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This applies to less intense situations too. Dating, for example, can be tricky — especially when it's online or via digital apps, as it often is now.
The study also found that emoji even helps people overcome language barriers and form connections that would otherwise be difficult to do.
In celebration of World Emoji Day on Saturday, Adobe's '2021 Global Emoji Trend Report' surveyed 7,000 people in the US, the UK, Germany, France, Japan, Australia, and South Korea. (IANS/KB)
Following the grand Richard Branson show where he carried Andhra Pradesh-born Sirisha Bandla and fellow space travelers on his shoulders after successfully flying to the edge of space, it is time for Amazon Founder Jeff Bezos to applaud Sanjal Gavande, one of the key engineers who designed the New Shephard rocket set to take Bezos and the crew to space on July 20.
Billionaire Bezos is set to fly to the edge of space aboard what is touted as the world's first unpiloted suborbital flight. Born in Kalyan, Maharashtra, Gavande is a systems engineer at Blue Origin who always dreamt of designing aerospace rockets.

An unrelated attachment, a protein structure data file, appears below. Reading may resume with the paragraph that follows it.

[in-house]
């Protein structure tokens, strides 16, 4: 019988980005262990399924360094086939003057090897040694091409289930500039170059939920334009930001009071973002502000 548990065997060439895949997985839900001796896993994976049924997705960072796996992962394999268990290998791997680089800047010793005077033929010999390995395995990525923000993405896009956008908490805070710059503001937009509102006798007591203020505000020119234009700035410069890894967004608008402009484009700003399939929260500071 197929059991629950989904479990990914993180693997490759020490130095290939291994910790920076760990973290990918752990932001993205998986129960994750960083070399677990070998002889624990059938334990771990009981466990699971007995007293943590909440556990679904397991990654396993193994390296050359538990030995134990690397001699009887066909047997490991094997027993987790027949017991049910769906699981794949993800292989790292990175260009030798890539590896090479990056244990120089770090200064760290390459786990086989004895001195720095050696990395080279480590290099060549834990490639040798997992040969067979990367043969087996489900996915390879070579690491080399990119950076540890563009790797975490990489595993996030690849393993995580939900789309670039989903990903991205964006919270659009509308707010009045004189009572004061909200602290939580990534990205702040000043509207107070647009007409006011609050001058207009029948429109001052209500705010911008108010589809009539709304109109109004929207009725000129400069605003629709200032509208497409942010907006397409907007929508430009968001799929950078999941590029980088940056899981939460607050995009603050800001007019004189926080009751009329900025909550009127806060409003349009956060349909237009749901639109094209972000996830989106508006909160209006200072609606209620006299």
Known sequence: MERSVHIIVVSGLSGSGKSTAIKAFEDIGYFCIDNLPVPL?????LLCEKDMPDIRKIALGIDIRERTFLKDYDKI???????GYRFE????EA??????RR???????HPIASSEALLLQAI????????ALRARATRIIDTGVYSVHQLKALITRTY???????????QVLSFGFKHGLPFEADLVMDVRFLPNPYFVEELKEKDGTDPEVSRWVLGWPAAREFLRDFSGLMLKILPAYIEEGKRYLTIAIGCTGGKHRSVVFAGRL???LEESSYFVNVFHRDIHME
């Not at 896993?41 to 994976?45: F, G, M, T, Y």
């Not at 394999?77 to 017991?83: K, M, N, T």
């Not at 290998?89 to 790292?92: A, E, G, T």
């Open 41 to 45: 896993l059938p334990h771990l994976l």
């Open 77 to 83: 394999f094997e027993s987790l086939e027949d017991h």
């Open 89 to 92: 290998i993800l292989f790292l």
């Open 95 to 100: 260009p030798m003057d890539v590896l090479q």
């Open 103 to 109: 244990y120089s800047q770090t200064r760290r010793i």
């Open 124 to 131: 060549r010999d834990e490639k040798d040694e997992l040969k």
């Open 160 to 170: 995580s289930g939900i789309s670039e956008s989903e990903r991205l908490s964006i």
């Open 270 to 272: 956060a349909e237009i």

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After completing Bachelor's in mechanical engineering from the University of Mumbai, she flew to the US in 2011 to pursue a Master's in mechanical engineering from the Michigan Technological University. She also applied for an engineering job at the US space agency NASA but finally landed her dream job at Blue Origin
Sirisha flew to the US in 2011 to pursue a Master's in mechanical engineering from the Michigan Technological University.IANS
Bezos, his brother Mark, aviation pioneer Mary Wallace 'Wally' Funk, and other passengers are set to liftoff from west Texas and travel just beyond the edge of space on July 20. Blue Origin announced this week that Oliver Daemen, an 18-year-old high school graduate from the Netherlands, would join the crew.
Oliver is the son of millionaire Joe Daemen, Founder, and CEO of the Dutch investment company Somerset Capital Partners. Blue Origin, however, did not reveal how much Daemen paid for his son's trip to space. Bezos chose July 20 as the launch date to honor the 52nd anniversary of the Apollo 11 moon landing.
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The launch site for Blue Origin's first human flight will be in a remote location north of Van Horn, Texas, from where the firm had launched New Shepard for previous flights. Blue Origin has received final approval from the Federal Aviation Administration (FAA) to carry humans on the New Shepard rocket into space.
On July 12, Bandla touched the edge of space with three others, including Virgin Galactic's billionaire CEO Richard Branson. Bandla vaulted into space onboard VSS Unity 22. After the successful spaceflight, Branson carried the Indian-American on his shoulders while celebrating their flight to space, at Spaceport America in New Mexico. (IANS/KB)